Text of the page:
The upright posture reinforces the body to activate superior dynamic trunk control coordinated into good quad strength for a solid anterior sequence of musculature.


At this point, we can change the grip up and have the athlete go into the front squat position. We need to make sure the whole hand is on the bar. If the whole hand does not grasp the bar, we will need to work on improving the mobility to have a proper front rack. The lats will be nice and solid, the upper back open, and the knees will be pushed forward as descending into the squat.


A key concept during the front squat is keeping the elbows upright. With zombie squats, the arms are straight out but the front squat sometimes causes a person’s elbows to drop differently from the execution of the zombie squat. As a coach, it is important to teach the athlete how to transfer the proceeding movements into the front rack position. This posture helps into the last key piece.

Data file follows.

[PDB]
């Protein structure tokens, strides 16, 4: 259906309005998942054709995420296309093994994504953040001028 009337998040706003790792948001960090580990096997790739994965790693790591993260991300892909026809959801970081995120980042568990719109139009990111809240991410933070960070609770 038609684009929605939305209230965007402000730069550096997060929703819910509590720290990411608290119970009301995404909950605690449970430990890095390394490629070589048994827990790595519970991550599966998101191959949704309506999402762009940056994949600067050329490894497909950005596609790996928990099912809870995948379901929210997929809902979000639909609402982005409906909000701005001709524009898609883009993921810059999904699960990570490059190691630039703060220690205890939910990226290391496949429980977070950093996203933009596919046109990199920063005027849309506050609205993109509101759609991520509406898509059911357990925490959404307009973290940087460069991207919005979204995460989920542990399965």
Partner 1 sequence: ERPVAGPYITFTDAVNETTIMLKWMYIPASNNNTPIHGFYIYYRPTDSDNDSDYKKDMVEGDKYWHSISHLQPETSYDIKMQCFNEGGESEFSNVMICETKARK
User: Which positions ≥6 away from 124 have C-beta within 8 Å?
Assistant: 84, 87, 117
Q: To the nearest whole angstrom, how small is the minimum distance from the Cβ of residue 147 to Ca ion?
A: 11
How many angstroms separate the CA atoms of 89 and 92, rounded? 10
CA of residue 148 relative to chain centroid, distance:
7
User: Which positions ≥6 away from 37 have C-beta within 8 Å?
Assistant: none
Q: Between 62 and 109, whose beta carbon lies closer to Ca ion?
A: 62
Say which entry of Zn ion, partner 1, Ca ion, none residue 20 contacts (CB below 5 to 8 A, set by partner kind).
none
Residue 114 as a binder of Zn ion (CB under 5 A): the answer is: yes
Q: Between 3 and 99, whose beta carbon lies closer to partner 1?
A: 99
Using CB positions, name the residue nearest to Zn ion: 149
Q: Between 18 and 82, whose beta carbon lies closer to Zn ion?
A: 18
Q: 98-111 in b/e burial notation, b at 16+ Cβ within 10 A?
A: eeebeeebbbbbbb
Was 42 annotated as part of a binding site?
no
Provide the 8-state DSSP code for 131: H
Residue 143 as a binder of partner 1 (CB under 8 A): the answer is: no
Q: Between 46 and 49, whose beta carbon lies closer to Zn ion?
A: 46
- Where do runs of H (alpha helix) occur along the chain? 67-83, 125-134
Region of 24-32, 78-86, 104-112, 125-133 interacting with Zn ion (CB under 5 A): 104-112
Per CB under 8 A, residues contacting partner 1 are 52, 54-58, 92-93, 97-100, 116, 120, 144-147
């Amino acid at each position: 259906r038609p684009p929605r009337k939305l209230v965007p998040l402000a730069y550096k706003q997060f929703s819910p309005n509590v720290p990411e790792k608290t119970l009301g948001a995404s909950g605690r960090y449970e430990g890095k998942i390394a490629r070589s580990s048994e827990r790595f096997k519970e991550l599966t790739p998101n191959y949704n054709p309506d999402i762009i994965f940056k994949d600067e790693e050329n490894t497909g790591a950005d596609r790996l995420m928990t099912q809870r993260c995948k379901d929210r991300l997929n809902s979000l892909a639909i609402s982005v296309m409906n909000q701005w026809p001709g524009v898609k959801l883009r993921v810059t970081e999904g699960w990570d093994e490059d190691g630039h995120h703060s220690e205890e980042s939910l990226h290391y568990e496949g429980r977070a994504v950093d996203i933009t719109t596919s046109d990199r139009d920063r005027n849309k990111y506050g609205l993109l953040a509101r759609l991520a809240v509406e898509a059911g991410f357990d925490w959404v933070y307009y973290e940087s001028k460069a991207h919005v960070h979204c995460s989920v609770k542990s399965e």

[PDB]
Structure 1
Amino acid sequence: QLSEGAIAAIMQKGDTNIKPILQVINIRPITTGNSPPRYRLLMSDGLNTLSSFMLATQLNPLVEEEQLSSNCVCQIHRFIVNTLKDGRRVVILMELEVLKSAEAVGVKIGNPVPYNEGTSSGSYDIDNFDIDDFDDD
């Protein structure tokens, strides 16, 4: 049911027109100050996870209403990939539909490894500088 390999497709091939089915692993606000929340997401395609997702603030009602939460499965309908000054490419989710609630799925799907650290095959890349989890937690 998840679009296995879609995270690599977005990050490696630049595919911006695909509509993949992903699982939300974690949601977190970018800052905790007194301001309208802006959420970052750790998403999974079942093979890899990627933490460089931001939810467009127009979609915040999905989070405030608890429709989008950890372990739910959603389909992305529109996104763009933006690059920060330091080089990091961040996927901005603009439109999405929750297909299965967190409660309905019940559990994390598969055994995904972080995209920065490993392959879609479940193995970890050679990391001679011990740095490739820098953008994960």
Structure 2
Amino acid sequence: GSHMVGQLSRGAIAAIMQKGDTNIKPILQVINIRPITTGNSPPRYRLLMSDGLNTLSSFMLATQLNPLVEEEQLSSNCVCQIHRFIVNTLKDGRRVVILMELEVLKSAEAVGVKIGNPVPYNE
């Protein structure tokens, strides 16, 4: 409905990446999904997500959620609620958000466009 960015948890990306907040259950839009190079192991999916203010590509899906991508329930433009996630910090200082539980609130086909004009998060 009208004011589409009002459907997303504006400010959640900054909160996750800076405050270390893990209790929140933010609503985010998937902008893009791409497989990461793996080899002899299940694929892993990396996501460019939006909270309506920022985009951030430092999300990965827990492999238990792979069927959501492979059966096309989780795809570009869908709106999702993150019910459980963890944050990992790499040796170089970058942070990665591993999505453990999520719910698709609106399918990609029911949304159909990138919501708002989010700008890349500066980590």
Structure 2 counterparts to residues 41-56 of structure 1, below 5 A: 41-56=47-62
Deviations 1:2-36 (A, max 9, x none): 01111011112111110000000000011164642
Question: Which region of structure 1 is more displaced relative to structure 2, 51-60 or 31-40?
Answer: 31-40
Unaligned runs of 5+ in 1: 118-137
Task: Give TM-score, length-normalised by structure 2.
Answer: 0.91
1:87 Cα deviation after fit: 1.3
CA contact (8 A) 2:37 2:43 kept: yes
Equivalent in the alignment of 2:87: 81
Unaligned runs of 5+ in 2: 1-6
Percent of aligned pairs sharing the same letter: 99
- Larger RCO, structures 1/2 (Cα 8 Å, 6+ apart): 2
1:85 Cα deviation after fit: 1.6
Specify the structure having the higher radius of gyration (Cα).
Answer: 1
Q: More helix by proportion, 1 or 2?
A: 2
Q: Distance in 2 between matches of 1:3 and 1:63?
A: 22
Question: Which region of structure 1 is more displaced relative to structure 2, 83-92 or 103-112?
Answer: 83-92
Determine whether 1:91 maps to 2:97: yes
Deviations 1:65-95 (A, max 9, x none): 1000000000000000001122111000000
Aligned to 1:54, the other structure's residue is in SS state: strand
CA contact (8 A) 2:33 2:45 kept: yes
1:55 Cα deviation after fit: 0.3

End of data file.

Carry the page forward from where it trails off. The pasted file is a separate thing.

6. Back Squat

We are now in the final piece and reaping the rewards of keeping things simple and progressed through everything from the air squat to the front squat, arriving finally at the back squat.


First, we want to establish a back squat grip. Typically we want to see a thumb length off of the knurling. Tighter athletes may need to go pinky or ring finger on the ring. The bar needs to then be set on the upper back just above the shoulder blades. We want to see a nice contraction with the upper back hugging the spine to create a shelf for where the bar will be placed.


A lot of younger athletes will want a towel to deal with the initial pain of the bar on the skin. DON’T ALLOW IT. It is part of lifting. Deal with the callous and deal with the feeling. Everything will be fine. Using a pad causes the body to lose connection with the barbell.